This week’s news is full of the fifth anniversary of the Katrina devastation. Hopefully the Emmy awards will also follow suit by awarding Agneiszka Holland best director for “Do You Know What It Means,” the pilot of the specutacular new HBO series, "Treme."
This latest gem by David Simon deserves all the accolades: a unique show following the lives of musicians and everyday people as they pick up the pieces after the hurricane damage.
From its first dramatic offering, Simon pegged what bravery and uncertainty these New Orleans citizens faced once they returned to their nearly destroyed homes. It was an inspired choice for "Treme's" first show’s director to be Holland. She is a brilliant, Polish-born director who had previously penned and directed films about the Holocaust, including the Oscar nominated “Europa, Europa.”
Holland possesses the fine Eastern European artistic mindset to direct this episode of how Katrina survivors picked up the pieces after the storm’s devastation and tried to figure out what and who had survived. Kudos to Simon for choosing Holland and double kudos to the Emmys if they award Holland the statue.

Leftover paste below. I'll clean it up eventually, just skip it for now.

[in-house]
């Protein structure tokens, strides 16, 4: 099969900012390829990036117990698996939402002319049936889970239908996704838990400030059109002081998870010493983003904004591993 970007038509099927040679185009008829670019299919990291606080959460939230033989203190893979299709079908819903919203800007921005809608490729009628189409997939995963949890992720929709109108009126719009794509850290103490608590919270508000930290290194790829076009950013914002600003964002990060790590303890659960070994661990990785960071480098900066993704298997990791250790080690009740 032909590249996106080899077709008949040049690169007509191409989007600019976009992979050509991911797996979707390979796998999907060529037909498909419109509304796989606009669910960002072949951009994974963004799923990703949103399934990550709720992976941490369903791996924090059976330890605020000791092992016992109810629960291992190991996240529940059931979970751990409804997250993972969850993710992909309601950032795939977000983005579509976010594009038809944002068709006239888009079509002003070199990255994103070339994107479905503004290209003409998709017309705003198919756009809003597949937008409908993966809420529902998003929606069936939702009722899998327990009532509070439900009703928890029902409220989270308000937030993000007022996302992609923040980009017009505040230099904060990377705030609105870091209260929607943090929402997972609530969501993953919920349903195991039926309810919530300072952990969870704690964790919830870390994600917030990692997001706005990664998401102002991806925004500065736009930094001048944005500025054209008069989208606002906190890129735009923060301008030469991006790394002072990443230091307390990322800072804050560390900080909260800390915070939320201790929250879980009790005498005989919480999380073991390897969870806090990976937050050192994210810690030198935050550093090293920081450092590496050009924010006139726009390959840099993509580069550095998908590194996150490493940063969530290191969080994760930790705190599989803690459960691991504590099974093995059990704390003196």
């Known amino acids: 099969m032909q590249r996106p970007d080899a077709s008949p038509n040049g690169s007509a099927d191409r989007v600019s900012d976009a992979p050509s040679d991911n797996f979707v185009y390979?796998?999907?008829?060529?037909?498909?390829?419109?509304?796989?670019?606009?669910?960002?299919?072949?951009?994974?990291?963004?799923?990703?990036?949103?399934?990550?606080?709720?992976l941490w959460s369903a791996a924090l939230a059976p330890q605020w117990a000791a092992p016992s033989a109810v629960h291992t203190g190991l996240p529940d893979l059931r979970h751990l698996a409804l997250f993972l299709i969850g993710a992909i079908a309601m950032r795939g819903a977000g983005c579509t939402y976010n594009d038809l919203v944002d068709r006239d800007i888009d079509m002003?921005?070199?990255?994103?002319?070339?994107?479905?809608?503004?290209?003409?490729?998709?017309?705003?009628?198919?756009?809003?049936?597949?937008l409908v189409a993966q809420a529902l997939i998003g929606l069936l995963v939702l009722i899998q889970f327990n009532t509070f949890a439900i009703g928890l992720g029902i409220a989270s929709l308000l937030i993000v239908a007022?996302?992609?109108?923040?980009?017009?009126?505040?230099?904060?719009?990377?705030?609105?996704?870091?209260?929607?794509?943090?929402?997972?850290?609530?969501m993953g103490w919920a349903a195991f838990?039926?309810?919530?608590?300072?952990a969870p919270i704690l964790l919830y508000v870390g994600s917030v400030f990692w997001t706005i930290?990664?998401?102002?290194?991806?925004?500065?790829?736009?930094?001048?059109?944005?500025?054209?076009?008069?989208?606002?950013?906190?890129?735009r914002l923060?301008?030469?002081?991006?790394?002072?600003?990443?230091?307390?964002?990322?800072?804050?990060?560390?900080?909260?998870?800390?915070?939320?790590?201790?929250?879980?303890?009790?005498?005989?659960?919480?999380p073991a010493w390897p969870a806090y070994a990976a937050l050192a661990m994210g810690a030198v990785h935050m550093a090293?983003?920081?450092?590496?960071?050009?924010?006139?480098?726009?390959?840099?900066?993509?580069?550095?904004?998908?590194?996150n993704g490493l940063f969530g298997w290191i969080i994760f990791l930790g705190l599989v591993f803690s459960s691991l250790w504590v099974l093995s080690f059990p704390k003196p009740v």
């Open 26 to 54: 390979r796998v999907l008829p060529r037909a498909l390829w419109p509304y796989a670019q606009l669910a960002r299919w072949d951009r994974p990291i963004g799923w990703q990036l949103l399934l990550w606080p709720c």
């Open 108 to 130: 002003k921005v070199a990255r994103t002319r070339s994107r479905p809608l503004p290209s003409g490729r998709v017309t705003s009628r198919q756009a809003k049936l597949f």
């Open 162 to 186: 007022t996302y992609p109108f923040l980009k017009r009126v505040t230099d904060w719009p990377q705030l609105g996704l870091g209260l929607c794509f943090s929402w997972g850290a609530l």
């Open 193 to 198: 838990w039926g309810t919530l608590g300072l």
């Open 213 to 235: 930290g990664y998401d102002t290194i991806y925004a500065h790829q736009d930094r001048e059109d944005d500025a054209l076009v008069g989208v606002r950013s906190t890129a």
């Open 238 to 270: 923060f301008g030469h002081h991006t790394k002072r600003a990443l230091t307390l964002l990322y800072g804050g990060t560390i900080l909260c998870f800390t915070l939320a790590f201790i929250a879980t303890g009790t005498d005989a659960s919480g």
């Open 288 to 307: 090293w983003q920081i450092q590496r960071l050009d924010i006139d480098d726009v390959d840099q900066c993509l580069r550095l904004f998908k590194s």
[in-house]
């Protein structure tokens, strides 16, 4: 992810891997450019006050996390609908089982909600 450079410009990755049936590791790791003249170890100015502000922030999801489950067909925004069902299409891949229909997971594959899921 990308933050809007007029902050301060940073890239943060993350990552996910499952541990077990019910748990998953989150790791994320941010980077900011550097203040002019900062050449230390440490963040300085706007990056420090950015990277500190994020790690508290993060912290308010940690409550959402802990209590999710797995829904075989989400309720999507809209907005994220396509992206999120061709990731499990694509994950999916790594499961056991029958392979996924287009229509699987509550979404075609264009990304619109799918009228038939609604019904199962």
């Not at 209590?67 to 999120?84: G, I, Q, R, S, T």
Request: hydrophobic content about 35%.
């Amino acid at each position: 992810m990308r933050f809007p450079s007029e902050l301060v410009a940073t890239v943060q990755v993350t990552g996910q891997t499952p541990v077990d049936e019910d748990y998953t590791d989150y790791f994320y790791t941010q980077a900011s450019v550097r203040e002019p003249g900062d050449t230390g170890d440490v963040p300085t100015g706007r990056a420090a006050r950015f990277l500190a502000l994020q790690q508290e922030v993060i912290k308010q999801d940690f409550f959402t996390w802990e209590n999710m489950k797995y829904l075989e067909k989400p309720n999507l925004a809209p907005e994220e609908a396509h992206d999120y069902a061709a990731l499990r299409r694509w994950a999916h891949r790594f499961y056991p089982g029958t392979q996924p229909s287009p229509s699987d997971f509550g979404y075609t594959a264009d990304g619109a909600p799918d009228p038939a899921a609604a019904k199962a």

It would also be a loving tribute to Treme’s co-writer David Mills, who died suddenly on the set when the series was being filmed. And here is hoping that Simon is already working in the horrendous BP oil spill into the next seasons’ scripts.
Also what the Emmys should be giving tribute to Sunday night is the winner of the first Emmy in the female acting category 60 years ago. That would be the most famous woman in America that today people have not heard of: Gertrude Berg. A television pioneer, Berg was a entertainment genius and entrepreneur, who wrote, starred in and produced the first successful American sitcom, “The Goldbergs,” and charmed a beleaguered nation.